Not all houses are the same. That might sound very much like stating the obvious but sometimes, the differences between our properties might have an effect on the type of cover we need to protect them, and you may need non-standard house insurance.
Why property distinctions exist
Insurance providers need to understand the basic nature of your property, in order to provide cover for the risks involved.
In the case of certain types of property, such as a ground floor flat in a larger Victorian brick-built property, the general nature of the risks associated with it will be well understood. Of course, there will be some variations depending upon how large it is, its age, where it’s located and so on. Even so, generally its materials and construction methods will be understood.
For insurance providers though, this general understanding can vary if the property is of a type they’re not familiar with. Then the property becomes “non-standard” in insurance terms and the type of policy required will differ too.
It might surprise you to know that there isn’t an exact definition of a “standard property” or “non-standard” for that matter. That’s not cause for concern because we at GSI Insurance will gladly assist you in understanding the exact position with your specific property.
As a general guideline though, a standard property will typically be:
- constructed of brick or stone;
- with a tile or slate roof;
- constructed in the 19th, 20th or 21st
As a result, the following types of properties may, we stress MAY, be considered as “non-standard” in certain situations;
- properties that are several centuries old;
- listed buildings;
- those that have thatched roofs (whether ancient or modern);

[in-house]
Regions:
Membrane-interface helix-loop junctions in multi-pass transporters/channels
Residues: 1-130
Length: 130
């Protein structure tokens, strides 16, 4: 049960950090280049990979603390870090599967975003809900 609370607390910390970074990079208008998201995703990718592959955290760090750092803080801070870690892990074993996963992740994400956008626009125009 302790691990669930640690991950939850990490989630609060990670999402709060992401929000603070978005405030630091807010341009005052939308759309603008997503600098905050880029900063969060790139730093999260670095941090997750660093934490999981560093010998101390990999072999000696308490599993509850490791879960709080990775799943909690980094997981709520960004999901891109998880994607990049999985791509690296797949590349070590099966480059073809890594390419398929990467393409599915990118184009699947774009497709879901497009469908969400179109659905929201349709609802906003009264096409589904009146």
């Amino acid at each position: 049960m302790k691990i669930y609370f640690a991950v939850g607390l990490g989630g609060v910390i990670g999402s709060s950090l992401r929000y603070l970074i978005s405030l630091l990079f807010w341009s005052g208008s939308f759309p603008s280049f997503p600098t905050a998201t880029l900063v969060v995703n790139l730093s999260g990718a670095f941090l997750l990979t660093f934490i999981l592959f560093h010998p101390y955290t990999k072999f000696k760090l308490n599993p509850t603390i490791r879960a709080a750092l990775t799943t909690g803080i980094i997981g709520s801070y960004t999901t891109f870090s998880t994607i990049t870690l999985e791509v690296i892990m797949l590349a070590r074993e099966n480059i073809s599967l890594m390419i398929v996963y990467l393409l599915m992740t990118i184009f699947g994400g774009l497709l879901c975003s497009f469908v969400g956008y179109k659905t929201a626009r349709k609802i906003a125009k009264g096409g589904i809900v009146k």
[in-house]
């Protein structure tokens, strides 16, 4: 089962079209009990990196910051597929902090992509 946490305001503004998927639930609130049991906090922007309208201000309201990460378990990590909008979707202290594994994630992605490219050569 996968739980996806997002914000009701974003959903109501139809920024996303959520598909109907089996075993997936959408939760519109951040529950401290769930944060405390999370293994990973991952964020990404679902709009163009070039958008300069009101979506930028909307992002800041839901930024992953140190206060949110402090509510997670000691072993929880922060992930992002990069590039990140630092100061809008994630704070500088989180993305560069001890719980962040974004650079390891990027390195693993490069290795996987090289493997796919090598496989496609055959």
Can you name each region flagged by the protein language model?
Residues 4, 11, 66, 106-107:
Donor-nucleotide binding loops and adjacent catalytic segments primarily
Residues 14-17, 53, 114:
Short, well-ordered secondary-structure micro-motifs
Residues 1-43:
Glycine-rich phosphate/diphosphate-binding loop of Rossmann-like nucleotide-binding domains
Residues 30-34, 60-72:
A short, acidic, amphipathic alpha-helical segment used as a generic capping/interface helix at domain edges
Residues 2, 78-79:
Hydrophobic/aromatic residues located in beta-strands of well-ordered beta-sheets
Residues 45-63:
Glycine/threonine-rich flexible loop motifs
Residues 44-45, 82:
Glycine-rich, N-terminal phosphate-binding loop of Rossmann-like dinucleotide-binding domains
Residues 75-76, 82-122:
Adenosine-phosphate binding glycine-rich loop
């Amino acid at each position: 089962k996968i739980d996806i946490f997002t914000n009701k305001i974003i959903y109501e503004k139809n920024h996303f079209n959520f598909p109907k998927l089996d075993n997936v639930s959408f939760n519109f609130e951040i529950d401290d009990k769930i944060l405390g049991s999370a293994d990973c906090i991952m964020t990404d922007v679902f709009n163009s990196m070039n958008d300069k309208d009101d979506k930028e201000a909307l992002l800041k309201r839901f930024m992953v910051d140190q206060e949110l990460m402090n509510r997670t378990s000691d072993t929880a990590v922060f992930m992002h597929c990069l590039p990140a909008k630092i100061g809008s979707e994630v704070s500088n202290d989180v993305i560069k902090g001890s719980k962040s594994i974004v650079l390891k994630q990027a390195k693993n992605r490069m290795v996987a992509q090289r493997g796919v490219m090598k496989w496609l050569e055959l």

- eco-buildings (constructed of tyres or other re-cycled materials);
- pre-fabricated buildings;
- any building constructed primarily with ancient or unusual materials – examples might be wattle and daub, timber walls, experimental materials (whether new high-tech, old or reproductions);
- buildings that have been converted from a non-residential purpose to residential. Examples in this category might be converted garages, lighthouses, oast houses, warehouses and some barns.
Do please note that this list is by no means exhaustive. We provide it only to illustrate some of the things that might make your property eligible for non-standard house insurance.
Non-standard house cover
To make sure that you’re adequately covered, the insurer will need to ensure they understand the exact construction techniques used in your property and in some cases, that may require access to a detailed survey report.
Once the construction methods and their risks are understood, it’s then possible to write a non-standard home insurance policy specifically for your unique property.
It’s important to recognise that this requirement is not a premium issue for the provider per se. The need for non-standard house insurance is related to being sure that the policy provider has understood exactly what it is you’re asking them to cover.
In the case of say an early 20th century red brick terraced house, the building issues are understood and covered in the typical standard policy. In the case of a 15th century timber building using a Roman wall for its foundations, the issues and risks are quite different and typically need to be quantified on a case-by-case basis.
Remember that if you make a claim and do not have appropriate cover for the type of property concerned, then your claim may be rejected.
If you think you might have a non-standard property, why not contact us for an initial discussion?
Further reading: Guide to Insurance for Non-Standard Construction Properties